Glenn Frey, as you’ve probably heard, died yesterday. This one hurt me in a way that the others who’ve passed this month, have not. Glenn’s passing was a direct conduit to my childhood and my dad. Another reminder that people who aren’t that much older than I am, are facing their mortality and leaving behind their legacies.
In 1979, the Eagles were probably nearly burned out by their own accord. But they were in top rotation on nearly every US radio station. Certainly the ones I listened to from McDonough, Georgia. And always they were played loud and proud at our local skating rinks. Their brand of “country rock”, their flannel-shirt hippiness, their LA-cool yet down-home lyrics are some of my musical bedrock.
In ’79, I would have been in either 7th or 8th grade. That was such a musically-influential time for me. My dad always had a sophisticated taste in music with a song’s melody and backbeat being two of his standard-bearing criteria. The Eagles met and superseded both, to him. At the time, he and one of our neighbors had a cabinet-making business. They had a job installing new speaker cabinets in the mother of all Atlanta concert venues: The Omni. Luckily, I was home when the phone rang. It was my dad shouting only 3 words to me, holding out the phone on his end: “Listen to this. . .” He and his friend Massey were working when The Eagles were doing their soundcheck. He went to a payphone near one of the arena entryways, put in his dime, called me and let me listen. The song coming through to our McDonough kitchen was “Heartache Tonight.” And this was when the musicians did sound checks themselves. Funny, but it’s the low drums that I remember most. Somewhere between 12 and 13 years old, I had my own one-minute private listening party, and the talent was none other than those guys. The Eagles.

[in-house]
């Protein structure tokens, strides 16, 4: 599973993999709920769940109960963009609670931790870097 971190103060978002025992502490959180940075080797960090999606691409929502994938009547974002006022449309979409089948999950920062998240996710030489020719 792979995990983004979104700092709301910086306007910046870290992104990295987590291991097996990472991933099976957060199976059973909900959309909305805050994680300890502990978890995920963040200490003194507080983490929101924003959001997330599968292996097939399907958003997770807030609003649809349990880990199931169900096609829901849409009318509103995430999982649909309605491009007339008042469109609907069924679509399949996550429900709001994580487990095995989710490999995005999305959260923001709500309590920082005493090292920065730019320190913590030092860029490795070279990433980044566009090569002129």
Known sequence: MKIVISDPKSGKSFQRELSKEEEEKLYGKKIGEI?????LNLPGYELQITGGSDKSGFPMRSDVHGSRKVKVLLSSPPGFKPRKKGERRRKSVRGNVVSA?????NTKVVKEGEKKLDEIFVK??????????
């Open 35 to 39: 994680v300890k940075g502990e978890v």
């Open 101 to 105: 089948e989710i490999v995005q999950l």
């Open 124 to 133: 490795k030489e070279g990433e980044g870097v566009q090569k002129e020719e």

The song-writing genius of Glenn Frey and Don Henley is one of the musical-loves of my life. Right up there with Buckingham-Nicks, and the Brothers Gibb. Rest in peace, Glenn. You’re part of the fabric of my musicality. When I heard the news yesterday, I went straight to the album that conjures up this memory and played it at least a half-dozen times. #RIPGlenn
Well said P.
You’re of that era, too, KC. I know you remember. Thank you for checking in! xoxo, P